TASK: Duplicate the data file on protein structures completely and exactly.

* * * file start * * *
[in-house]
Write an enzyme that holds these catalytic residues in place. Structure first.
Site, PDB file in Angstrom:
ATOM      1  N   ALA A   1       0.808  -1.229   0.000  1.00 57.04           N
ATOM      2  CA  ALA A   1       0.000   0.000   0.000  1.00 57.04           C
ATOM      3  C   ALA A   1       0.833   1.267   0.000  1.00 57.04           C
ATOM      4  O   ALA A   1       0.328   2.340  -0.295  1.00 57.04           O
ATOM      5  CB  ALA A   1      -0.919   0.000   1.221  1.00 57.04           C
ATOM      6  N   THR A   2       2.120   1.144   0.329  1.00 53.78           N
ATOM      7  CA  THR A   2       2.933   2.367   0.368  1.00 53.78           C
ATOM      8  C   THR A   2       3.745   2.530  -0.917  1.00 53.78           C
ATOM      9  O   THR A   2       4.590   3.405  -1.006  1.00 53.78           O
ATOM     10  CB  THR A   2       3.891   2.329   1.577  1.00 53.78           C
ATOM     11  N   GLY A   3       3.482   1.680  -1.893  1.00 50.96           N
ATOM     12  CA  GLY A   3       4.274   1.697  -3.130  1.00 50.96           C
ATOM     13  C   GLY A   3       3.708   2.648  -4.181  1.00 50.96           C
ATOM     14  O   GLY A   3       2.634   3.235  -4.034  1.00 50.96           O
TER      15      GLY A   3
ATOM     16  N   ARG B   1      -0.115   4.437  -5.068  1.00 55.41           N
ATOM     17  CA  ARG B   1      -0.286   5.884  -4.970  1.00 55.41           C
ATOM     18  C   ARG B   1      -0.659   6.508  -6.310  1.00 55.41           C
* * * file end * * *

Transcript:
[in-house]
Write an enzyme that holds these catalytic residues in place. Structure first.
Site, PDB file in Angstrom:
ATOM      1  N   ALA A   1       0.808  -1.229   0.000  1.00 57.04           N
ATOM      2  CA  ALA A   1       0.000   0.000   0.000  1.00 57.04           C
ATOM      3  C   ALA A   1       0.833   1.267   0.000  1.00 57.04           C
ATOM      4  O   ALA A   1       0.328   2.340  -0.295  1.00 57.04           O
ATOM      5  CB  ALA A   1      -0.919   0.000   1.221  1.00 57.04           C
ATOM      6  N   THR A   2       2.120   1.144   0.329  1.00 53.78           N
ATOM      7  CA  THR A   2       2.933   2.367   0.368  1.00 53.78           C
ATOM      8  C   THR A   2       3.745   2.530  -0.917  1.00 53.78           C
ATOM      9  O   THR A   2       4.590   3.405  -1.006  1.00 53.78           O
ATOM     10  CB  THR A   2       3.891   2.329   1.577  1.00 53.78           C
ATOM     11  N   GLY A   3       3.482   1.680  -1.893  1.00 50.96           N
ATOM     12  CA  GLY A   3       4.274   1.697  -3.130  1.00 50.96           C
ATOM     13  C   GLY A   3       3.708   2.648  -4.181  1.00 50.96           C
ATOM     14  O   GLY A   3       2.634   3.235  -4.034  1.00 50.96           O
TER      15      GLY A   3
ATOM     16  N   ARG B   1      -0.115   4.437  -5.068  1.00 55.41           N
ATOM     17  CA  ARG B   1      -0.286   5.884  -4.970  1.00 55.41           C
ATOM     18  C   ARG B   1      -0.659   6.508  -6.310  1.00 55.41           C